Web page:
Body image is a tricky subject. It’s something we deal with every day, whether we realize it or not. “Do I look ok in these pants?” “Wow, she’s gotten thin.” “He has great muscles, why don’t mine look like that?”
We have thoughts like these so many times per day, we barely even notice any more. Even those who normally have great body image can catch themselves having negative thoughts about their bodies, or someone else’s.
Sometimes it takes an outside perspective to remind us that you can be happy and healthy without being supermodel thin or bodybuilder built. Here are five films that we think are worth your time to watch.
Though this documentary isn’t out yet, we were inspired by Taryn Brumfitt’s story and her now infamous non-traditional “before and after” photo. In it, the before image is Taryn during a fitness competition, the very picture of a “perfect body,” but unhappy with how she looked. The after photo is her today, less “fit” but much happier.
It’s a happy ending for all involved in the controversial story of the week. After Brooke Birmingham’s swimsuit photo was mistakenly declined for publication by a freelance writer at Shape Magazine, she turned to her blog, BrookeNotOnADiet.com, to tell the tale.
During the past several days, her story fanned the flames of an on-going and necessary conversation in this country about body image and self love. This morning, we were glad to learn that she and the editors at Shape Magazine were able to connect, clarify the confusion, and get Brooke the photo shoot she and her 170-pound weight loss story so deserve!
“My intention was to start a conversation, but I had no idea it would come to this,” Brooke told Savannah Guthrie. “[The picture was] important to me because that is my body and I felt like I needed to put it out there to show people what a real weight loss looks like.”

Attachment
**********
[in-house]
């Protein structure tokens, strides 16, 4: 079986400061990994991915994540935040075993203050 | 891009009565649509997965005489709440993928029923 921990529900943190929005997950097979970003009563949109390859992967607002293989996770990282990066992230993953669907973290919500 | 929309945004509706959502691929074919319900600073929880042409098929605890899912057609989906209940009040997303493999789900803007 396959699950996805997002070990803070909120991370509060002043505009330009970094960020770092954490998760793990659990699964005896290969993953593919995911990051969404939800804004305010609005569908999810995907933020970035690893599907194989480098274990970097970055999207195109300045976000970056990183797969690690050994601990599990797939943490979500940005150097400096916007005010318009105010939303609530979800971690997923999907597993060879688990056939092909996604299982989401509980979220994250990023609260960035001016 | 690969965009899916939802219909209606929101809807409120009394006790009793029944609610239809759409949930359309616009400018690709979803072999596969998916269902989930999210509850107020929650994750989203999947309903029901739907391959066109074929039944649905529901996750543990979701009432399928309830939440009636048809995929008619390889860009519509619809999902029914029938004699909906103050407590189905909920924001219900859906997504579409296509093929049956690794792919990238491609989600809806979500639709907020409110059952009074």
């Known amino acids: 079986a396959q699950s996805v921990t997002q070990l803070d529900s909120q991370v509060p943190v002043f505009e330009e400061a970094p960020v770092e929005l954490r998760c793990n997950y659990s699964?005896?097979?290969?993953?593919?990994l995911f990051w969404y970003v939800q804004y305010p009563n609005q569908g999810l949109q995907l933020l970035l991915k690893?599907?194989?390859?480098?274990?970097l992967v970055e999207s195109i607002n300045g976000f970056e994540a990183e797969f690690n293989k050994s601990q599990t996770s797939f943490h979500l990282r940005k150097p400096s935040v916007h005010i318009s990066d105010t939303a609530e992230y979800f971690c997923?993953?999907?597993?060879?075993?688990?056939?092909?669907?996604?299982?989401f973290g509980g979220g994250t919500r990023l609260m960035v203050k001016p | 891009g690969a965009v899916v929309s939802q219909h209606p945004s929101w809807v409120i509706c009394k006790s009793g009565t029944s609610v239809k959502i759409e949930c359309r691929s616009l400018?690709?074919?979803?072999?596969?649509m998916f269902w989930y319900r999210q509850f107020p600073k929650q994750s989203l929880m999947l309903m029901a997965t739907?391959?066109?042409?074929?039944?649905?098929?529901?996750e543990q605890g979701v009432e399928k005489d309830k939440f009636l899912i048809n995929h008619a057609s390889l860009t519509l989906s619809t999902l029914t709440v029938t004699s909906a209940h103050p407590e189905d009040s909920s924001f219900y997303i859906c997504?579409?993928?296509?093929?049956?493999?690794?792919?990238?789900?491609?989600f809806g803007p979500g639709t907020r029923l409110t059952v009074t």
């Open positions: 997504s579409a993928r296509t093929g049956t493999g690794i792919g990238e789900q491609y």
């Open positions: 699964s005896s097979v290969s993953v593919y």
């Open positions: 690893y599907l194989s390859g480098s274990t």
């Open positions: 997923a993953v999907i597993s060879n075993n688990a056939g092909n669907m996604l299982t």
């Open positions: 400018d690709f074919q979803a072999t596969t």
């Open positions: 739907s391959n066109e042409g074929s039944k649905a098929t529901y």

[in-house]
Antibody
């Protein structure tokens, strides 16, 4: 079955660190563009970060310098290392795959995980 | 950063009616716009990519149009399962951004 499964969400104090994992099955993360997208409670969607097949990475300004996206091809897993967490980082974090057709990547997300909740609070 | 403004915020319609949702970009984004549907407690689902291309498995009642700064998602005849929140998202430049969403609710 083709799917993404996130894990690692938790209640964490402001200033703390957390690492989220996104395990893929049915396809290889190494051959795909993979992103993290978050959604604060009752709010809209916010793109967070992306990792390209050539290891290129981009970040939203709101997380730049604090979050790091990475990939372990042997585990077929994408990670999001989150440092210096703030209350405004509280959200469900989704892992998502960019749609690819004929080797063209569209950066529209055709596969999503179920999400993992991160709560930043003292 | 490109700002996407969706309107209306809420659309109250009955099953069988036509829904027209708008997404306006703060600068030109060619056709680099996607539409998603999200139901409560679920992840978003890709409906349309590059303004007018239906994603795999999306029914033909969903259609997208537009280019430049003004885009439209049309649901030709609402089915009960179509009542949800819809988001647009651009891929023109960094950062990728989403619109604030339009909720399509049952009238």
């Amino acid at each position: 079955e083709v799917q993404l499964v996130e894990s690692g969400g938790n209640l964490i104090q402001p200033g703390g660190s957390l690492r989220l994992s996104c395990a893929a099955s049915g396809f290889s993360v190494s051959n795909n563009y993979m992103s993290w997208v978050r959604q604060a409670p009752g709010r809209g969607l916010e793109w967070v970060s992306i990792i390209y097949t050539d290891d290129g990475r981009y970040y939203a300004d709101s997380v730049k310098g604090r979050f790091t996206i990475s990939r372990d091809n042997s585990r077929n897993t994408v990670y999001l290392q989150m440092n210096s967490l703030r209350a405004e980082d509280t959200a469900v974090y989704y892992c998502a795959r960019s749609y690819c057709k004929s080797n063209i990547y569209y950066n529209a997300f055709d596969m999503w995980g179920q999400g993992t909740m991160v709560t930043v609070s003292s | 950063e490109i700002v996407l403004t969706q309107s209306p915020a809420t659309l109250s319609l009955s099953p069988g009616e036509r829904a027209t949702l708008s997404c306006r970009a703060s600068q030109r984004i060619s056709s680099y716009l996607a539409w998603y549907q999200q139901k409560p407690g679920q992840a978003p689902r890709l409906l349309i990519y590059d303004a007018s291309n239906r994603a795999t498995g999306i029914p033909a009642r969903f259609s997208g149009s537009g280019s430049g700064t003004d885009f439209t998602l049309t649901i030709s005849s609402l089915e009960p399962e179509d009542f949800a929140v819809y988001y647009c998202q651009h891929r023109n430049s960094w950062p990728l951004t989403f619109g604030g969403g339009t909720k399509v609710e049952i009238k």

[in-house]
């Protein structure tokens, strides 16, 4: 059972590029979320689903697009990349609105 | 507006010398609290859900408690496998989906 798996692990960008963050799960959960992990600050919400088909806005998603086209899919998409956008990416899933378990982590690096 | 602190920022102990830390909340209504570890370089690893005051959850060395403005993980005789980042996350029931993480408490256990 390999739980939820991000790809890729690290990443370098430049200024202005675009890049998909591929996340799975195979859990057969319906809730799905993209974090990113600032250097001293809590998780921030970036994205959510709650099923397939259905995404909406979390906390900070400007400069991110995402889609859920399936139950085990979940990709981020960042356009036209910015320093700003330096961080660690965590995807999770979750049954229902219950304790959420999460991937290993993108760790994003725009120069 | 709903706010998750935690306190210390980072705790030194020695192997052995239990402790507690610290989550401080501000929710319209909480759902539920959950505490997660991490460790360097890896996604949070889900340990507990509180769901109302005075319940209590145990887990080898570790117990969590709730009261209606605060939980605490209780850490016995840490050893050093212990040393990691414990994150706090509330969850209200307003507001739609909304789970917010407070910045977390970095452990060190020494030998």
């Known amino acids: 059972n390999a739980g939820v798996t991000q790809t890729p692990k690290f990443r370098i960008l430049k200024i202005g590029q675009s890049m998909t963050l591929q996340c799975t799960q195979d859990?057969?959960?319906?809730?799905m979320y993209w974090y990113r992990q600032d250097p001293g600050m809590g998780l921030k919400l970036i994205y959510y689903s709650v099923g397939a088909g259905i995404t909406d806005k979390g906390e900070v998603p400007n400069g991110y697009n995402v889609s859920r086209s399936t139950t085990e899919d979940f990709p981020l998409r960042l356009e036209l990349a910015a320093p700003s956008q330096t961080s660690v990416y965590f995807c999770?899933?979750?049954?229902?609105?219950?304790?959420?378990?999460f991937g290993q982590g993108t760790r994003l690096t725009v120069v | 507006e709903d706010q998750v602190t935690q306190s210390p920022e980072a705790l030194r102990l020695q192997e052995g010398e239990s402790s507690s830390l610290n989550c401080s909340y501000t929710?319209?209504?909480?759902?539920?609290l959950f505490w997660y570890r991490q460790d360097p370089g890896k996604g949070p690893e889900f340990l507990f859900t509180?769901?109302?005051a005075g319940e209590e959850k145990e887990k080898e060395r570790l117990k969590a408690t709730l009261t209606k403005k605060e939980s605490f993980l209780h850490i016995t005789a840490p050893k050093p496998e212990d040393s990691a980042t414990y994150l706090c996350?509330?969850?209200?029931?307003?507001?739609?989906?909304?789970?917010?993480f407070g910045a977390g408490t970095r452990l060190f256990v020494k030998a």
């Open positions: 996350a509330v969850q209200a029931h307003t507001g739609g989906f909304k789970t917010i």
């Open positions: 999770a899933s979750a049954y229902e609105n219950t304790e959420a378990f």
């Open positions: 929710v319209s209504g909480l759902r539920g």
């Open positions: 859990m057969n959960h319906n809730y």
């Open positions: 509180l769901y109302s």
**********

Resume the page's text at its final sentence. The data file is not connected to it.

It used to be that eating disorders were just about being thinner than everyone else. But that’s no longer the case. Now you have to be stronger, fitter, and healthier than everyone else too. Since this week is National Eating Disorder Awareness Week (February 24-March 1) it seems like the perfect time to talk about the new ways disordered eating is surfacing.
Though not an officially recognized eating disorder, there is a growing trend in orthorexia or an obsession with health. Many people, especially teenagers, associate health with the number on the scale or how they look in the mirror. Both of those can be good baseline for determining health, but there’s a lot more to it than how big your thighs are.
There have been a number of sea changes in modeling, advertisements, and the way women and models are depicted in the media lately. Fashion shows have started to ban models with Body Mass Indexes that are under 18. Retailers like J. Crew are using regular people in photo shoots instead of models and even some stores that employ models have committed to no longer dramatically retouch photos. Even magazines are taking the pledge to stop airbrushing models. But, surprisingly enough, it’s lingerie companies that are being the most bold in the shift in how they depict women’s bodies, going from unattainable to ordinary-and-awesome.
First up: Forever Yours Lingerie, a company based in Vancouver, CA. The company offers intimates for women of all sizes: bras start at a B cup size and go up through K. And, while the company has always featured a models representative of their broad demographic, they recently stepped up to show support for one plus size model they adore, Elly Mayday, who is undergoing treatment for a rare form of ovarian cancer.
There’s another video out there depicting the extremes to which Photoshop can be taken. This time, it’s the music video for artist Boggie’s song Nouveau Parfum, and it’s not promoting exactly as simple a message as it may seem.
During the music video, performed in French, everything about the subject, Boggie, is changed. Her eye color, hair color, amount of makeup, hairstyle have all been altered. You name it, it’s different.
The most poignant part of the video is right before the end when a newly edited Boggie shares a split screen with her own before image. The difference is staggering and frankly a little unsettling.
Her before image shows a pretty, natural-looking young woman. The after image is an idealized version of what someone thinks women should look like. Ultimately though, underneath the editing, she’s still the same.